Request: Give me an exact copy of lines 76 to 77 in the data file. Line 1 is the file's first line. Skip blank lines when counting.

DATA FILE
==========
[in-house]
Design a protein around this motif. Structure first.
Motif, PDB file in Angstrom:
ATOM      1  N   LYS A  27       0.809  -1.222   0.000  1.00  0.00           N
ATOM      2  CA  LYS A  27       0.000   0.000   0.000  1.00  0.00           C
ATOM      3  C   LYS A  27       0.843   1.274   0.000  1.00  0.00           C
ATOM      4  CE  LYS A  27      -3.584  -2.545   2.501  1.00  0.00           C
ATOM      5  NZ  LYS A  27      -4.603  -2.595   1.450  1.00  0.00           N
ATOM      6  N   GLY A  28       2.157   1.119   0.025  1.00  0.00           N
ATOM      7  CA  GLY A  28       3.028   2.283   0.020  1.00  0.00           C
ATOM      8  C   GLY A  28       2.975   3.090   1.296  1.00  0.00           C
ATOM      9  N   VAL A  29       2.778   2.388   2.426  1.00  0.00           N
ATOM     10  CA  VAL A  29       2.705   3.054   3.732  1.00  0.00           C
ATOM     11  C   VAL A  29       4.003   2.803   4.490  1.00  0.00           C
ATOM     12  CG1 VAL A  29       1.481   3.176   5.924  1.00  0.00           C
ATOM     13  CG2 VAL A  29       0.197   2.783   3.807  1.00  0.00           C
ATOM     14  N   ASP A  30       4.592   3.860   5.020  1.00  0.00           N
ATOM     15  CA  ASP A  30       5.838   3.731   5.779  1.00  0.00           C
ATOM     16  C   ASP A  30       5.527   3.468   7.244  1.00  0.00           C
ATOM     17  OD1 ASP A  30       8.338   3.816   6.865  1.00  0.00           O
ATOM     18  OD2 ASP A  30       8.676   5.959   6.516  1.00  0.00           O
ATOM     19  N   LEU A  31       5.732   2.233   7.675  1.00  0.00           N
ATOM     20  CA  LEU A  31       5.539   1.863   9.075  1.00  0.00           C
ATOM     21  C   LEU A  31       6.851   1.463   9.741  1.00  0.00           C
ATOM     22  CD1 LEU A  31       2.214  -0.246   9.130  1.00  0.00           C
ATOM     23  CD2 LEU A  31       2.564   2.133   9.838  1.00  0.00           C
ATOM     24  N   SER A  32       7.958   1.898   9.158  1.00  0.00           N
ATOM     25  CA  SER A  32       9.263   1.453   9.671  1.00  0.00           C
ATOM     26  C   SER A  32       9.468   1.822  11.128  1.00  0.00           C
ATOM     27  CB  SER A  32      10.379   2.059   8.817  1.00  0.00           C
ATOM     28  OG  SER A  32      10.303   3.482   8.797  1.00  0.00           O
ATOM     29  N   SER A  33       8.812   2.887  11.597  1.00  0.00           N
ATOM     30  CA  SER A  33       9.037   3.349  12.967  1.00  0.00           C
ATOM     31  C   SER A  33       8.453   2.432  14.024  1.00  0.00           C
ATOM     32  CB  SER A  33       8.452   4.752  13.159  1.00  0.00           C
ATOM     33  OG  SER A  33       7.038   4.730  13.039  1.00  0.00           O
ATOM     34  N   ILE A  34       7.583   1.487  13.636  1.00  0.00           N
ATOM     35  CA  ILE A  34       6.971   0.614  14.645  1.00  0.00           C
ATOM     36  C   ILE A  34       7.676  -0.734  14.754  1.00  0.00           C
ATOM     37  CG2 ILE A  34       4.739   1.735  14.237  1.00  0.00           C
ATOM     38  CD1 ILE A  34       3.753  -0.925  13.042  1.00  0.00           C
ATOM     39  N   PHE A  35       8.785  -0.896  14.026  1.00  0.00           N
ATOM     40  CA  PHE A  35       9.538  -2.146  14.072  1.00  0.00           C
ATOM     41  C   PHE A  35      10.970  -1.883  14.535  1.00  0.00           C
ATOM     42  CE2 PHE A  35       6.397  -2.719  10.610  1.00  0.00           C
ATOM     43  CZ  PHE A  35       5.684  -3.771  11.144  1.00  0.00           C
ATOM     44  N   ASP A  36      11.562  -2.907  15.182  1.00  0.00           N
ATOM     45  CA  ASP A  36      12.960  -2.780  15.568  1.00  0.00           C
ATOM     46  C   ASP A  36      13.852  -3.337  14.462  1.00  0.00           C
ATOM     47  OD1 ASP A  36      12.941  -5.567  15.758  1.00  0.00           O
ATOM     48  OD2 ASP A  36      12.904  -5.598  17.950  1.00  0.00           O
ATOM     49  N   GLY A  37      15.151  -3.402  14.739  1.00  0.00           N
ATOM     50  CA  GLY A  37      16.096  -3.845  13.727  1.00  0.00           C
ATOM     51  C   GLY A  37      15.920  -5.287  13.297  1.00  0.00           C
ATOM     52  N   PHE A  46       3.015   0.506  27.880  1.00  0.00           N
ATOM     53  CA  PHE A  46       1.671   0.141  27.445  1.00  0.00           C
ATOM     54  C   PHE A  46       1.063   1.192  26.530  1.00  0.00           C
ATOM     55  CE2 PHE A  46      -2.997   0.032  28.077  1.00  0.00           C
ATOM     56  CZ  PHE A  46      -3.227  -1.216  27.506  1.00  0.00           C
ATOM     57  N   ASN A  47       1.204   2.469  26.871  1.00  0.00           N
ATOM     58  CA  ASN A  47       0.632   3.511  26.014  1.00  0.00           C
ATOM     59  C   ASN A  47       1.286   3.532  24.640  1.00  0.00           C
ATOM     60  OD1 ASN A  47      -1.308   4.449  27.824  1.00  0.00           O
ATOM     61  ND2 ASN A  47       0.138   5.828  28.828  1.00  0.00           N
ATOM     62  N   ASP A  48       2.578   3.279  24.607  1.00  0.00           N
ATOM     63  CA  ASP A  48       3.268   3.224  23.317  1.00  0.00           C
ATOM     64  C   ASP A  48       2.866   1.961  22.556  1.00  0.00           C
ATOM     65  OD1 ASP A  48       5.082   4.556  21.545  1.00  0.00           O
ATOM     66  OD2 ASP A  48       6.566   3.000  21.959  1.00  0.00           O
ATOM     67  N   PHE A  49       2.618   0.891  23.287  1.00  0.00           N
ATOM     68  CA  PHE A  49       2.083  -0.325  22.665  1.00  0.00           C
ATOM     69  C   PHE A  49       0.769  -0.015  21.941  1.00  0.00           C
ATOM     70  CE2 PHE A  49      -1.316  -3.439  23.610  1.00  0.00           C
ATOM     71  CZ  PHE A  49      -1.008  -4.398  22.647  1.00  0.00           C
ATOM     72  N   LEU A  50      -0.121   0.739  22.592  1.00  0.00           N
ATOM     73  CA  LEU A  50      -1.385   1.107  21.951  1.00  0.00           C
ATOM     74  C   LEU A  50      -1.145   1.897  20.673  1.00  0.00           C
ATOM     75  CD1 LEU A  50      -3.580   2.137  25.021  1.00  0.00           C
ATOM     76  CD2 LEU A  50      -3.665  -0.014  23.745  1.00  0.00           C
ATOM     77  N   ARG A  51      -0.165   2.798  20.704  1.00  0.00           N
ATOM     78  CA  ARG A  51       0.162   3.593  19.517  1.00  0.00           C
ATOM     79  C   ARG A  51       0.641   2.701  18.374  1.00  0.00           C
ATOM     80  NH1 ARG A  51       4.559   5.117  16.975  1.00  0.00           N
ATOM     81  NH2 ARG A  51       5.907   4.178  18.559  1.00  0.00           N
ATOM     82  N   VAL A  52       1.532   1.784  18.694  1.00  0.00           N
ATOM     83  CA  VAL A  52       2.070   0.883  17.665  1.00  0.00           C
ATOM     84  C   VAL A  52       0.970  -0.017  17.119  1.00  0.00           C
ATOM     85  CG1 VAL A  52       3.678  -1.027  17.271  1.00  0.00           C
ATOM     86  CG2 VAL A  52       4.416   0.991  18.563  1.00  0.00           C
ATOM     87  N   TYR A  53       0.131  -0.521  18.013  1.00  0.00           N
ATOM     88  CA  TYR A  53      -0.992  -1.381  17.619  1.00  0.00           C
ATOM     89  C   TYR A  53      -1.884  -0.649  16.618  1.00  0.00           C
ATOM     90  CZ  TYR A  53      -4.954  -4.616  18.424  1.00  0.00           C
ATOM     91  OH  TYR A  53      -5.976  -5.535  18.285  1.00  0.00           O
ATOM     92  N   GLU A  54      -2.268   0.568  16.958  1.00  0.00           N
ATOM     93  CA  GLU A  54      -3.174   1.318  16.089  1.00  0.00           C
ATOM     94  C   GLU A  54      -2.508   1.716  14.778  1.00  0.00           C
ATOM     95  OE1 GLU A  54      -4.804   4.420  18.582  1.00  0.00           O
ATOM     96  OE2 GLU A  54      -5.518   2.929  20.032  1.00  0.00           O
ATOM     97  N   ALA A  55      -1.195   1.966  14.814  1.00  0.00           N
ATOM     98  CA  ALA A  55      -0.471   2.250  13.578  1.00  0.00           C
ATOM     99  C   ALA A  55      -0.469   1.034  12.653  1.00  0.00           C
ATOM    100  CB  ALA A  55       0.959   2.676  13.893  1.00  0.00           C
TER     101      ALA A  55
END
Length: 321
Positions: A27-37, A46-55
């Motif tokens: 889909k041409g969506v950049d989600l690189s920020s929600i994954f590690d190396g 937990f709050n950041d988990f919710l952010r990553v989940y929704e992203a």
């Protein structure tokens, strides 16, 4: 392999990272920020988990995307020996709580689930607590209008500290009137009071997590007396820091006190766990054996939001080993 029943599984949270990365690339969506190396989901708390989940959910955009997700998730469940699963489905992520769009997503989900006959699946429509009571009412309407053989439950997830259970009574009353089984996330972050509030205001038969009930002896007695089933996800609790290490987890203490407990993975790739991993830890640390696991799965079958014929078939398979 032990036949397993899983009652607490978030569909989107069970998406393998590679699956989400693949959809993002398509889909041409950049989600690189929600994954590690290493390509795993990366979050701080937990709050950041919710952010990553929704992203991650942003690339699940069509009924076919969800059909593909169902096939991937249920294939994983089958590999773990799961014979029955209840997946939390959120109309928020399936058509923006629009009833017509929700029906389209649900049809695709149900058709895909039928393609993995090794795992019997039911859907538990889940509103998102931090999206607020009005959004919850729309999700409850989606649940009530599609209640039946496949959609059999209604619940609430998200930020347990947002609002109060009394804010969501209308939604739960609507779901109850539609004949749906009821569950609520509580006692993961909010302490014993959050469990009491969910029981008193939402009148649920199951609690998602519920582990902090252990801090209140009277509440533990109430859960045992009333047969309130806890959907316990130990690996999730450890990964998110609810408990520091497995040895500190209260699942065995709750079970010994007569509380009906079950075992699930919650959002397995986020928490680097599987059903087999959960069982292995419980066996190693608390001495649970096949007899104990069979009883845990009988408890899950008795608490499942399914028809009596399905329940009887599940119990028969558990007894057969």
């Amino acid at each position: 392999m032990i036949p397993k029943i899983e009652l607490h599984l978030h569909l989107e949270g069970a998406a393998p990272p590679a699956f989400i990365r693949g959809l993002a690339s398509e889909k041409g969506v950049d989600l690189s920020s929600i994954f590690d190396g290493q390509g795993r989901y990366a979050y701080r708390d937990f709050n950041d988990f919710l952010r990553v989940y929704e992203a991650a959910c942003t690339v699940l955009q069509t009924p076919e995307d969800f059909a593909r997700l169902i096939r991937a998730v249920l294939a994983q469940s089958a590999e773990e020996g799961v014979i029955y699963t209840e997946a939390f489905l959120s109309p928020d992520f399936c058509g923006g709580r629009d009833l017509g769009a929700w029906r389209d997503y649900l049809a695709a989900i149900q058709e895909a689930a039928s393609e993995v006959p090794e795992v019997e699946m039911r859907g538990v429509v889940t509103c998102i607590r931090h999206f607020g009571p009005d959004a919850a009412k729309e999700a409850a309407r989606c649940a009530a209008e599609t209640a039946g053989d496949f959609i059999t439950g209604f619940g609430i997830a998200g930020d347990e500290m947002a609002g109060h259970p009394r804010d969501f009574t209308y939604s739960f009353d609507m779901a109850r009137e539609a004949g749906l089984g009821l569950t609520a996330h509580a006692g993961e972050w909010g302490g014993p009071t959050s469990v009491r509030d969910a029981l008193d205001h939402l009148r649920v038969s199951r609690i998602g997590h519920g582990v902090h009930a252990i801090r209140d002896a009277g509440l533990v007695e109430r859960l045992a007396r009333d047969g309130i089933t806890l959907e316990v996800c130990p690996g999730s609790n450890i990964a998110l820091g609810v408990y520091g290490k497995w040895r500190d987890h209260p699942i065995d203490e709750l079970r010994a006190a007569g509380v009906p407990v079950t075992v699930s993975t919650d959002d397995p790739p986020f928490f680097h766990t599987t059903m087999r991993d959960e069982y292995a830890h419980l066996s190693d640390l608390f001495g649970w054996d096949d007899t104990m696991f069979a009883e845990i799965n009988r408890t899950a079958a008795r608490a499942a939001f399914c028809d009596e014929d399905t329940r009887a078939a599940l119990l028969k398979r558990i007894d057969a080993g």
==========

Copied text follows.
ATOM     73  CA  LEU A  50      -1.385   1.107  21.951  1.00  0.00           C
ATOM     74  C   LEU A  50      -1.145   1.897  20.673  1.00  0.00           C